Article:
(Main photo: photosport.nz).
It is 8am on a Monday morning in Rarotonga and it seems there isn’t a person on the island who is in a rush.
As mostly helmet-less scooter riders slowly make their way around the island, we sit sipping orange juice and discussing the state of international rugby league with Kevin Iro at a café opposite the airport.
The former Kiwi international – and arguably the most well-known identity who calls the island home – is decked out in a Cook Islands Rugby League singlet, his uniform of choice for days working in the Cook Islands Marine Park which he runs.
Unlike older brother Tony, who works as the recruitment and development manager for the New Zealand Warriors, Kevin has elected for a life away from professional footy post playing days.
Instead he’s expanding on his passion for the Cook Islands and preserving its incredibly scenic – and lucrative – marine environment.
“I have always loved the Cook Islands and I have been coming here since I was seven or eight,” Kevin says.
“I always loved the lagoon and swimming, and I would always notice changes to the water when I came back every year. Even when I was playing in England I would always make the effort to stop in to the Cook Islands on my way there or my way home.”
After winding up his professional club league career, which spanned 15 years at six different clubs, Iro returned home determined to make a difference.
“I could really see something needed to be done. With a friend of mine who owns a resort over here, we looked into the idea of setting up some marine protected areas,” he says.
“Long story short we lobbied government and they quickly went for it. The next thing you know we are declaring some of the biggest marine protected areas in the world.”
The size of the marine park now measures 1.9 million square kilometres and is a continual work in progress.
In between that Iro has also helped to lift up the profile and performance of rugby league in the Cook Islands, serving as a coach in the mid 2000’s and these days helping out with player identification and giving the tiny island nation an international presence.
“Right now I am mostly trying to organise international fixtures for the Cook Islands and also get Cook Island boys who are playing at the highest levels to play for the country,” Iro says.
“There are a lot of second, third or fourth generation Cook Islanders now who don’t have that link to the place until you get them here. Getting them to play for the Cook Islands is hard.”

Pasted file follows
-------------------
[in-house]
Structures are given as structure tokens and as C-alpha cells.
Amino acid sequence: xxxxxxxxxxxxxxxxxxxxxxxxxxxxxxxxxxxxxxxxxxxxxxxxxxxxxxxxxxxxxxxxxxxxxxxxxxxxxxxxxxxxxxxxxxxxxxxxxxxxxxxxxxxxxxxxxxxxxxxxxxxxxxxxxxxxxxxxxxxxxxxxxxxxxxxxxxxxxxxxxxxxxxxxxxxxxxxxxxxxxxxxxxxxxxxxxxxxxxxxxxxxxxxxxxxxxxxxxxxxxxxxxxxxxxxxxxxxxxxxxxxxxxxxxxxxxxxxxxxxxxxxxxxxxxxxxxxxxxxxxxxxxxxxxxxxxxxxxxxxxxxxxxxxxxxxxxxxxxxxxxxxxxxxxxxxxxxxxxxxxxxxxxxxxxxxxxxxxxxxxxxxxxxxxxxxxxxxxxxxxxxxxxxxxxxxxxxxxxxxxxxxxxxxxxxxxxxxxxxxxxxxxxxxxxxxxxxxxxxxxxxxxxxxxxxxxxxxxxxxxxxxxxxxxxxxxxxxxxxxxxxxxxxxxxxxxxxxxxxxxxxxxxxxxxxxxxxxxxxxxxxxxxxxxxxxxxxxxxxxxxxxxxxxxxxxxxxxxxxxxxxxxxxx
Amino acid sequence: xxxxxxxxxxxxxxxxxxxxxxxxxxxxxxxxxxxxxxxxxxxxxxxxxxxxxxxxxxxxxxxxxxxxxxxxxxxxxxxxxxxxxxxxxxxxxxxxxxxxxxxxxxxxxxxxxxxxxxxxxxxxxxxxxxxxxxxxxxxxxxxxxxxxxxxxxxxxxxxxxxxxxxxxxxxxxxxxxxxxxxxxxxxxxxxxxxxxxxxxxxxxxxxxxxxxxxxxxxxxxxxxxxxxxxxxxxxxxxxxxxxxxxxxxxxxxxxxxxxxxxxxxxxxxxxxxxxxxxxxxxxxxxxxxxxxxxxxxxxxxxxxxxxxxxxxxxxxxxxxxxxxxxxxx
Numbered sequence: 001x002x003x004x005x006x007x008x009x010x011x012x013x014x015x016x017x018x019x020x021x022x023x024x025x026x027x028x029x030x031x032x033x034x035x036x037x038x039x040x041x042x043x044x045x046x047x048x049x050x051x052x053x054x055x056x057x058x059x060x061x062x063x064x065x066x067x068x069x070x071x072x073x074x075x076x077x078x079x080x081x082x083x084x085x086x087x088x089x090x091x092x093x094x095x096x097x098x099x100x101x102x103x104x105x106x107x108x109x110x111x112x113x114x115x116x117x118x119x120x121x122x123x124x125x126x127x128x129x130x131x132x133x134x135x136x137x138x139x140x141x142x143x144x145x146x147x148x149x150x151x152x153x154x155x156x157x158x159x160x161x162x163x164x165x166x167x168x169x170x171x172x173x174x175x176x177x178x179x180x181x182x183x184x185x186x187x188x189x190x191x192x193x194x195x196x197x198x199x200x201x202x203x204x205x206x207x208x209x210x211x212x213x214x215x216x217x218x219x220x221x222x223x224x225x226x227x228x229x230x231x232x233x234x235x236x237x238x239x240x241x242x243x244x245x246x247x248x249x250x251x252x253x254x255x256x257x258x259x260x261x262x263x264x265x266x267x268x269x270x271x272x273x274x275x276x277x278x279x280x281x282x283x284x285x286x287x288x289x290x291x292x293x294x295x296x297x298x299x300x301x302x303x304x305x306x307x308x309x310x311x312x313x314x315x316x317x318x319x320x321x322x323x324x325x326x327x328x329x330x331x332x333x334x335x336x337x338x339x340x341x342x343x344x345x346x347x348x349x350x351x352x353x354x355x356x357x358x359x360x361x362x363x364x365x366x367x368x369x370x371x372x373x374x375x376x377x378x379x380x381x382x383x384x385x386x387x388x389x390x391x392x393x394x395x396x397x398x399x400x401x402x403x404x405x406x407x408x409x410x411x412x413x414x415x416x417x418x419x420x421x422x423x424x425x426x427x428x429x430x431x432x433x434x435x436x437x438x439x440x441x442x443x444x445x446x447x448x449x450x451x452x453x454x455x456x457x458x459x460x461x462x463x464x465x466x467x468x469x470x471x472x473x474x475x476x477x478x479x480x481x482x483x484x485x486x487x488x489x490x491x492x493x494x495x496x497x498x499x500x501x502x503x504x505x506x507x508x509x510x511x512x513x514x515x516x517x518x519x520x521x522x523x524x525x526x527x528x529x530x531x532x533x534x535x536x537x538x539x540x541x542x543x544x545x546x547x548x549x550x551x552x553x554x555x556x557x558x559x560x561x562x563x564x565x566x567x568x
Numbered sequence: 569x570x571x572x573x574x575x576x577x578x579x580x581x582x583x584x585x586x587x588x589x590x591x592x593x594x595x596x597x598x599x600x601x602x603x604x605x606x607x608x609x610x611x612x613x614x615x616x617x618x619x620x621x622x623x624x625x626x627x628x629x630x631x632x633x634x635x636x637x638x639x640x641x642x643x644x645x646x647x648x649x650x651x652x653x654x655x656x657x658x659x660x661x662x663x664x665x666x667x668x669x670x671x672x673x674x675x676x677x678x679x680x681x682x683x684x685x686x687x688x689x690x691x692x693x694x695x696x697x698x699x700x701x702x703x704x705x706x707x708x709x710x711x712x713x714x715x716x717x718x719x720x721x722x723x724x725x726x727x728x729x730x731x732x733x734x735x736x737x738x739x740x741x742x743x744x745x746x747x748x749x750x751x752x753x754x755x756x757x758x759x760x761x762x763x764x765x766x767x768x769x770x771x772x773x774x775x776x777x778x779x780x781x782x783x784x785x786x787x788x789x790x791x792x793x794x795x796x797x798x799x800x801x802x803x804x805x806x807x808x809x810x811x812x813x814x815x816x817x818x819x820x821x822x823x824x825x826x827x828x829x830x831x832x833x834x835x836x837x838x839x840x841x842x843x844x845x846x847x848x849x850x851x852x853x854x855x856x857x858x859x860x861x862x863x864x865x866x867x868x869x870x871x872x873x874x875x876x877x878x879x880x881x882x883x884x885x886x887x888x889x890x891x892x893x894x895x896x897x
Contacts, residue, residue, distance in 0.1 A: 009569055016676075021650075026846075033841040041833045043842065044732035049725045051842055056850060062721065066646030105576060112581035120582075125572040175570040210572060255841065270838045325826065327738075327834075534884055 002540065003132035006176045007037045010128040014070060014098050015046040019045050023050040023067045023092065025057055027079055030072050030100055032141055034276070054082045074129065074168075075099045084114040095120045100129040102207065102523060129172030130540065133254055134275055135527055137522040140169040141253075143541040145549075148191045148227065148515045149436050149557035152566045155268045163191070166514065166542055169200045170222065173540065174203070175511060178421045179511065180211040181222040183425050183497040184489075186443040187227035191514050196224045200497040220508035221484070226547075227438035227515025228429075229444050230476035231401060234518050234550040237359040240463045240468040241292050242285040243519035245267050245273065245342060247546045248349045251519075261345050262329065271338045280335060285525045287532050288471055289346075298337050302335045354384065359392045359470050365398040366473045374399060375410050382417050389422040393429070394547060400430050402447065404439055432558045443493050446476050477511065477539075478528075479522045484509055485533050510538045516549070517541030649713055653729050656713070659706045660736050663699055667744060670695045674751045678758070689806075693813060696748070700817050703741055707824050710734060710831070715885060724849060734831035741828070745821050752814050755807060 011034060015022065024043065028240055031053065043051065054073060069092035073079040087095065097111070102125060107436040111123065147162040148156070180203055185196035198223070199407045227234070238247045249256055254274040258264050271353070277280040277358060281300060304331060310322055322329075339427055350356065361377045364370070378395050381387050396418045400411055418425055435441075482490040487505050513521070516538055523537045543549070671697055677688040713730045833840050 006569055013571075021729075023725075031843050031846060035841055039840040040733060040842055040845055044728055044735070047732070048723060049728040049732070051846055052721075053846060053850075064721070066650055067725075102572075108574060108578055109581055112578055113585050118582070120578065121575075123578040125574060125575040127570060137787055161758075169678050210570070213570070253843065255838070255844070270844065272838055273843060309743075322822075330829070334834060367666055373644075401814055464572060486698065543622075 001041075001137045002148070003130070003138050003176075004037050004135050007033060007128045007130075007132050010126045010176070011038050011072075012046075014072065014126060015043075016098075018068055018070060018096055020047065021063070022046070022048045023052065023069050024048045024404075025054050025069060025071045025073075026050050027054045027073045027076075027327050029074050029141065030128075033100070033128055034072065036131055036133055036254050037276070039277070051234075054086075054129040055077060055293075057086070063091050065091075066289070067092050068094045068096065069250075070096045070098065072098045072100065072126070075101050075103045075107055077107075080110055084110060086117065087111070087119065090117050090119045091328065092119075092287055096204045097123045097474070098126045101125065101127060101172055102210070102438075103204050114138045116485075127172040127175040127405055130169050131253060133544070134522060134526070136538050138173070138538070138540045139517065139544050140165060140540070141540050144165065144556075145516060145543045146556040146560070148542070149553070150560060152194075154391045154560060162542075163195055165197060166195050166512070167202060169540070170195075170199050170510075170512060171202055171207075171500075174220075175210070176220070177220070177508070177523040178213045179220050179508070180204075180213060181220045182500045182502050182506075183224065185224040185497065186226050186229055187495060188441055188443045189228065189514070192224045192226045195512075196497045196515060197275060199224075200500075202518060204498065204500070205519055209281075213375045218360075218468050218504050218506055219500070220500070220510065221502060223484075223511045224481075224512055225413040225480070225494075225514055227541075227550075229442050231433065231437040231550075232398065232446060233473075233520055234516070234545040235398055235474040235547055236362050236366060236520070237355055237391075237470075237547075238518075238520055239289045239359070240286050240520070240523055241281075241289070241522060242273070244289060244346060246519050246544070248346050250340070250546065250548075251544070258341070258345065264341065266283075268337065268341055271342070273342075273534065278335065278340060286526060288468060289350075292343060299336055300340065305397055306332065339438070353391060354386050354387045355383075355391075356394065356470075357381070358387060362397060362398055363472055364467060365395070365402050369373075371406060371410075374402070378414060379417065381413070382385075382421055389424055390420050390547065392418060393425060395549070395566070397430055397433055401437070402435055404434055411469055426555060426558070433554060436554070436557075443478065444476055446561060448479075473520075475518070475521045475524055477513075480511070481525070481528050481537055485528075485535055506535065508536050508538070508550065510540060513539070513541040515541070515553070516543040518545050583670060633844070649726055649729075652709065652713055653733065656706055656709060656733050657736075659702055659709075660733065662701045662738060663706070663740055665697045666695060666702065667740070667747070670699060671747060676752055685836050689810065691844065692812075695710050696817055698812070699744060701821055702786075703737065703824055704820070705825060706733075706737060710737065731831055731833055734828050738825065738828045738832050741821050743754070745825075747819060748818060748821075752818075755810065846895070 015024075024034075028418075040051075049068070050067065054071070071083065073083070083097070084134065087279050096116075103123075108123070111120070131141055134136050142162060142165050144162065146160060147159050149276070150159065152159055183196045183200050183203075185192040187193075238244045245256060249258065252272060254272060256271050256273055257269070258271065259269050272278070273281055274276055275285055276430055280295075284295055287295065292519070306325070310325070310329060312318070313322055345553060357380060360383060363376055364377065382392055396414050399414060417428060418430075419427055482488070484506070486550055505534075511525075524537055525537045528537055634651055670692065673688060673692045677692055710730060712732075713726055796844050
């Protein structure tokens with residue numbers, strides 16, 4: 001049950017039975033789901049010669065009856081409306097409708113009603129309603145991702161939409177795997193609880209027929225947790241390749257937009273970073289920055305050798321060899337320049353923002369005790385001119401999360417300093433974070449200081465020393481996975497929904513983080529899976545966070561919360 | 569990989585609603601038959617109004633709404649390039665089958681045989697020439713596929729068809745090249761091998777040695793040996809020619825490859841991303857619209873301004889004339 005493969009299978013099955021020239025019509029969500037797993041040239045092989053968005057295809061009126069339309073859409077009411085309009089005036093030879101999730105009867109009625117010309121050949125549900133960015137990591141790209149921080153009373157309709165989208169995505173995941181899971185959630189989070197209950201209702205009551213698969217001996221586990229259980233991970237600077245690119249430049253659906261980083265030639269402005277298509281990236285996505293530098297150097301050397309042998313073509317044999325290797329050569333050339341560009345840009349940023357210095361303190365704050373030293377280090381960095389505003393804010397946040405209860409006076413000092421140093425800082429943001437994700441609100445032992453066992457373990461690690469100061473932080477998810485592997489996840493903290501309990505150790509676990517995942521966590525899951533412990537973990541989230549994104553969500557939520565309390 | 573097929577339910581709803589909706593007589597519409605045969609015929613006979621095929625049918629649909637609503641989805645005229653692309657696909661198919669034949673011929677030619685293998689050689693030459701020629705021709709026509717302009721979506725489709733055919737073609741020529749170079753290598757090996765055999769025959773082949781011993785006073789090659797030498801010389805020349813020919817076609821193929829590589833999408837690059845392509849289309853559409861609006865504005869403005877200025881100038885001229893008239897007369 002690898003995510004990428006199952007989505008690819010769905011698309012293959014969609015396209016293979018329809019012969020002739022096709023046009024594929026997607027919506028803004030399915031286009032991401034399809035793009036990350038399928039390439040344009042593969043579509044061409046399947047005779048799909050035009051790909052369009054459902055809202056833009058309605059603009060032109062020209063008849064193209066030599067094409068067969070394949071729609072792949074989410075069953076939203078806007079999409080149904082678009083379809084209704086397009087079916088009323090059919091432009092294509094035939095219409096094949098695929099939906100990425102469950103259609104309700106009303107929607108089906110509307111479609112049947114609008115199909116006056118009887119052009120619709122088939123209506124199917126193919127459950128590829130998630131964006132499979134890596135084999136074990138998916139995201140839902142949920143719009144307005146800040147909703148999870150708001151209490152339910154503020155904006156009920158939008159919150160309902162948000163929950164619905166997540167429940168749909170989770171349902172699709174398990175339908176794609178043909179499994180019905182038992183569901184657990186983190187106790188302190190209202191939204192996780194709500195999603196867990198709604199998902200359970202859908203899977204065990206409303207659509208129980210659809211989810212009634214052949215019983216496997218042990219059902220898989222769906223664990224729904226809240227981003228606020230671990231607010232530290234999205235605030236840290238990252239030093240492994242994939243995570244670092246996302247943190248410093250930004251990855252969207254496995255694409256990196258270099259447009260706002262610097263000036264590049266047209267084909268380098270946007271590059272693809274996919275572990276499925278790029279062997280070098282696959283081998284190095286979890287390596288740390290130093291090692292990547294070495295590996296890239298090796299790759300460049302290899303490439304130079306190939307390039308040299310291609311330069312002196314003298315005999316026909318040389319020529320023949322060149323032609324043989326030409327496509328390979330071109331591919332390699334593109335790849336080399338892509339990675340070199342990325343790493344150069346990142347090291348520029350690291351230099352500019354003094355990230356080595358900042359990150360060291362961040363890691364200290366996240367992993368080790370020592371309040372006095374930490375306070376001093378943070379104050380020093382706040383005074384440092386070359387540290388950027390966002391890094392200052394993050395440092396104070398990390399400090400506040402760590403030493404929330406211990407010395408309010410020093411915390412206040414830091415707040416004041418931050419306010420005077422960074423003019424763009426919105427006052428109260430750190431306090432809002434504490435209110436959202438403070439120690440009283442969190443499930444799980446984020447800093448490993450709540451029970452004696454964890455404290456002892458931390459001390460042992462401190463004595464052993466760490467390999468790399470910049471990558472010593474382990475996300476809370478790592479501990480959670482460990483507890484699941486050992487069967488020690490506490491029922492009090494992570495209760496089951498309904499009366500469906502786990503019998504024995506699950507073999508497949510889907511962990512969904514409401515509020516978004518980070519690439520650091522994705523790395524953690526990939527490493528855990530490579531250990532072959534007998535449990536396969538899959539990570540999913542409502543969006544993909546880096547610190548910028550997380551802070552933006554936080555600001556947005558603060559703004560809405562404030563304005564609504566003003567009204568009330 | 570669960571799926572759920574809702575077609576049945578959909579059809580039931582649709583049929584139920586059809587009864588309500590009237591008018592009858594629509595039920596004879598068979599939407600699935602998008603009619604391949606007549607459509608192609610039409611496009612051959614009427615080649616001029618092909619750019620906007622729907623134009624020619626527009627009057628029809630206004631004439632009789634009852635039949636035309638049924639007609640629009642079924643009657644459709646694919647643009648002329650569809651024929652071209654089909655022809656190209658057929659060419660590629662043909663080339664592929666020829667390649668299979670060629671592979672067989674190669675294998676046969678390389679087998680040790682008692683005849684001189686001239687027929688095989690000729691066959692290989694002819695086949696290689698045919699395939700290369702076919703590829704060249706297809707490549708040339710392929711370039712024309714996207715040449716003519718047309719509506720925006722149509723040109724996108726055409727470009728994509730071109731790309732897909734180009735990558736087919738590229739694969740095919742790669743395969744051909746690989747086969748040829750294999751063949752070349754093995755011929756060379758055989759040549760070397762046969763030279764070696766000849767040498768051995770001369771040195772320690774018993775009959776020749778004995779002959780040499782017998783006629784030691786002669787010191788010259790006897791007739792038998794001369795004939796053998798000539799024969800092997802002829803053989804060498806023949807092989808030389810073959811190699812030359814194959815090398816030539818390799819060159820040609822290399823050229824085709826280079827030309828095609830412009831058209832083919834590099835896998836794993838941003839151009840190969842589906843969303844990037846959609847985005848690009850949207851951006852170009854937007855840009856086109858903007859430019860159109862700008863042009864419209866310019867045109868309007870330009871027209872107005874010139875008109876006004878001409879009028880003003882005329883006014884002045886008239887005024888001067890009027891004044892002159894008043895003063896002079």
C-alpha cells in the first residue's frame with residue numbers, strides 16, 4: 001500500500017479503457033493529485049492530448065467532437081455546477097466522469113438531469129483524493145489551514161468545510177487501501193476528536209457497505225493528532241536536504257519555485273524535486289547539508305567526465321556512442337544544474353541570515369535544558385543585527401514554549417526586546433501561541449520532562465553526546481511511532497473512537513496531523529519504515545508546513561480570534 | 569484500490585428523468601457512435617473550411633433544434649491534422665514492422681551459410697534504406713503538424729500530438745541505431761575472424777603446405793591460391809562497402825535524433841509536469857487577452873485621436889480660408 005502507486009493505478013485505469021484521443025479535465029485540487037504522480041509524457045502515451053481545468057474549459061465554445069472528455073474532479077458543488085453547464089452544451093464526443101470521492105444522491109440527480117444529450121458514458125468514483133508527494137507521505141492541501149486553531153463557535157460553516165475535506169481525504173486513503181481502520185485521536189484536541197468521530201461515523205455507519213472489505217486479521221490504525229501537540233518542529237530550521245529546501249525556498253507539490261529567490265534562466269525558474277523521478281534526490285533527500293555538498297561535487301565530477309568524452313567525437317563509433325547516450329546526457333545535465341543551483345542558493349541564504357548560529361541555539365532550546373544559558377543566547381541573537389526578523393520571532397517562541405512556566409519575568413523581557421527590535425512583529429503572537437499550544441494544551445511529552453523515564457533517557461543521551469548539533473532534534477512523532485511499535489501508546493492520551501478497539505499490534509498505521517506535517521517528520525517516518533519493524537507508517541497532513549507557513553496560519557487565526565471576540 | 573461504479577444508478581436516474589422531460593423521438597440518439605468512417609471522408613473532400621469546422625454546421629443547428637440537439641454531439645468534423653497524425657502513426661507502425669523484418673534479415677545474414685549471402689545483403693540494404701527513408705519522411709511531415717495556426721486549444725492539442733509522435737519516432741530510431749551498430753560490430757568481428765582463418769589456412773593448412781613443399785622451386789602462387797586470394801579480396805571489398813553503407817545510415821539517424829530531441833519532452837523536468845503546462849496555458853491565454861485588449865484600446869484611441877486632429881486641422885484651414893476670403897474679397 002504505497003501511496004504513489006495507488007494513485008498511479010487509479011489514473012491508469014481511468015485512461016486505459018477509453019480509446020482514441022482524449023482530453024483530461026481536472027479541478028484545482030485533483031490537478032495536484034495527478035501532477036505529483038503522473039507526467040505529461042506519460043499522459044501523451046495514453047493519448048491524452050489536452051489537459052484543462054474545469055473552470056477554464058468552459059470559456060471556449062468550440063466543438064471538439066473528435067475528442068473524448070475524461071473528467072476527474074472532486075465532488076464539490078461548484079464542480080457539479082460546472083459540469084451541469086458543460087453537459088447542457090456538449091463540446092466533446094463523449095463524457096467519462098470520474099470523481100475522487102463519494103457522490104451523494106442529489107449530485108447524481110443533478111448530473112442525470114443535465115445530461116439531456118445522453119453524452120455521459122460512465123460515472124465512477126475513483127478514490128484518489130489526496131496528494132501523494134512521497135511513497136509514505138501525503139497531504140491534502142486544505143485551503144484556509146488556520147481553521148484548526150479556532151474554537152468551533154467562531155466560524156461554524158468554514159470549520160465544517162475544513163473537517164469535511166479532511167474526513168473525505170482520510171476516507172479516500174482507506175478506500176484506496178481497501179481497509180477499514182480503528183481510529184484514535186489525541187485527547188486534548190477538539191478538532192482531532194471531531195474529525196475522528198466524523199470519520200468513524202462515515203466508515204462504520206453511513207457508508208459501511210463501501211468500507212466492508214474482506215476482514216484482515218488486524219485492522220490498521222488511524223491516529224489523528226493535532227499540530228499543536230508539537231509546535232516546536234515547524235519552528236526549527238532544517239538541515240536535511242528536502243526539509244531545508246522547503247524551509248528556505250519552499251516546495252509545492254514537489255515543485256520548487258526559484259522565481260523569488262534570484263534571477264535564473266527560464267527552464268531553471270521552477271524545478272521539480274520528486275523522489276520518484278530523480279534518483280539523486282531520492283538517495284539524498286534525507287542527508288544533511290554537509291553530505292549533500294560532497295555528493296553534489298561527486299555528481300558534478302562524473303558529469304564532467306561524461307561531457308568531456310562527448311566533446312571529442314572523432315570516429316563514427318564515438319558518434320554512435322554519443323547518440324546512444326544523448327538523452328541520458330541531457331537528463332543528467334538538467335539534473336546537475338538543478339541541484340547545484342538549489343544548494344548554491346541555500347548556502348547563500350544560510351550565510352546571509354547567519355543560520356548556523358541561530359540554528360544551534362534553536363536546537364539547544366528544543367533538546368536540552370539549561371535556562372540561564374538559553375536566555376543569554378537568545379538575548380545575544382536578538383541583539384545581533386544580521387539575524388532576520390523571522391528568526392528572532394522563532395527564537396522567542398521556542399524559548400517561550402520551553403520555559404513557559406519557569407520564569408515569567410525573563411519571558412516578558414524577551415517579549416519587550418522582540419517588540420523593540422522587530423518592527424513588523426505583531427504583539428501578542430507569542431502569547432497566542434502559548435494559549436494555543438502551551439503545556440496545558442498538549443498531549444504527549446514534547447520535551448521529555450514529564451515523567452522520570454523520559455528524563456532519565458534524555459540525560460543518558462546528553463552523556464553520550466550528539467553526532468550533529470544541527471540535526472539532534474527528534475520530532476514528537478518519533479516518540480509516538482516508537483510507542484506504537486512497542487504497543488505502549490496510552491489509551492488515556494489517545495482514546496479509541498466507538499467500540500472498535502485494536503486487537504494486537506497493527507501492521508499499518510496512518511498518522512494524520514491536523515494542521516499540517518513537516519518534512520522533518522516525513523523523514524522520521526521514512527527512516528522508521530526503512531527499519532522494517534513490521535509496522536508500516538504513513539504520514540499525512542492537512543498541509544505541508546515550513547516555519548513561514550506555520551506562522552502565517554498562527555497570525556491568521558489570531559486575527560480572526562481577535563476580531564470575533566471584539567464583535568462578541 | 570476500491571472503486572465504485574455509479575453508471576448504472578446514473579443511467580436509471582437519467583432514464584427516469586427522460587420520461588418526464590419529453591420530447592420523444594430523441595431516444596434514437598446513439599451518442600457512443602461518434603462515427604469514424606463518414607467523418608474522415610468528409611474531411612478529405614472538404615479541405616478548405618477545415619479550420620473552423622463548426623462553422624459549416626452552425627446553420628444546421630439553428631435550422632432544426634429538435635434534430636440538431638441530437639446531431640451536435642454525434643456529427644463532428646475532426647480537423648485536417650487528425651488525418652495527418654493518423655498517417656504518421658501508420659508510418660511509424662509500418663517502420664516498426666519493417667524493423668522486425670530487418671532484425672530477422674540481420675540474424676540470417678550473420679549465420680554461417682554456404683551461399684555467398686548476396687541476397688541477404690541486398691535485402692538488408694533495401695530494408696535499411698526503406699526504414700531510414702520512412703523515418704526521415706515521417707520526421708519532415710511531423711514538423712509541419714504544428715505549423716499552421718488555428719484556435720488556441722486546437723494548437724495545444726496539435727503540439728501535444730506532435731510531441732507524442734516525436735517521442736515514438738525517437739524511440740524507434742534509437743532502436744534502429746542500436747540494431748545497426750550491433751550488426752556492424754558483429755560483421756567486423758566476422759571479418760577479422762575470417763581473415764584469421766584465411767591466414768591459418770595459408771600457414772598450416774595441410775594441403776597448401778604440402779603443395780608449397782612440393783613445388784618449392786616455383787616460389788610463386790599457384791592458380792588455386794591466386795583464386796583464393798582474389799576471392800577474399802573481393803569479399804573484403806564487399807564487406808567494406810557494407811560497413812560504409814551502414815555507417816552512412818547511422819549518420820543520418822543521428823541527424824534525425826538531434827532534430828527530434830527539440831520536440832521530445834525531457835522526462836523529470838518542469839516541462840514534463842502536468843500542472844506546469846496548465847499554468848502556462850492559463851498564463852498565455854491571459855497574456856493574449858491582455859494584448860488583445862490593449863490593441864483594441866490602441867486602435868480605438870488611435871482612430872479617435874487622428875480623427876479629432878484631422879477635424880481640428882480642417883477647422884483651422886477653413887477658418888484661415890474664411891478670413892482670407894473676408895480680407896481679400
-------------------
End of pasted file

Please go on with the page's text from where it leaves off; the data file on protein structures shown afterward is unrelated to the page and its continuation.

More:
With a professional career which saw him play in three different countries across two hemispheres, Iro is in a strong position to talk to players about maintaining cultural roots despite being a long way from home.
“Paul was such a unique character, an unforgettable character, because he didn’t really like league and he didn’t like training and never did train.”
When Iro – a man dubbed ‘The Beast’ long before anyone had heard of Manu Vatuvei – first burst onto the scene in 1987 it was a time when the New Zealand Rugby League still had a contractual hold on players, which restricted where they could play football overseas.
The decision to pursue a professional career back then for young Kiwis effectively meant having to travel halfway across the world to the UK, where you could play in the New Zealand off-season without consequence.
Iro immediately linked up with English heavyweights Wigan that year, going on to win the Challenge Cup in each of his four seasons with the club.
Despite three stints back in the Australian competition throughout his career, with Manly in 1991-92, Hunter Mariners in 1997 and the Auckland Warriors in 1998, it was in the UK that Iro truly felt at home.
“I did enjoy it in Australia but I just enjoyed the English atmosphere for every game and it was just a whole different scene,” Iro says.
“I really enjoyed the UK, Tony and I went up there and I loved the atmosphere and the lifestyle.
“While Australia was more intense with every game, in the UK there were more peaks because you played for several cups throughout the year and then there were local derbies and grudge matches.
“There was plenty to get up for, every couple of weeks there was something big going on.
“Particularly when we first went over there playing for good teams like Wigan; you may have played six cup finals in a season.
“In England there just seemed to be that many more peaks, but in Aussie it was one peak; the grand final.
“I remember the first Challenge Cup final I played in, in front of 112,000 people, you look back on things like that fondly.”
Iro suited up for Leeds between 1992 and 1996 and finished with three seasons at St Helens in Merseyside, winning two Super League and two Challenge Cup titles with the Saints.
Success went hand-in-hand with Iro’s English expeditions, and from his memory – which he admits is a little fuzzy given how many years have passed since he played – he never had a season in the UK without making some sort of competition final.
“Winning like that it is a habit…just like losing it seems contagious at the time,” he says.
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Iro played with some of the greatest Kiwis of all time through is career, including Dean Bell, Kurt Sorensen, Mark Graham and Stacey Jones.
But it was a prickly Yorkshireman who stands out as his favourite teammate.
“I really stuck a cord with Paul Newlove the Great Britain centre. We both car pooled together for a while because we lived near each other,” Iro says.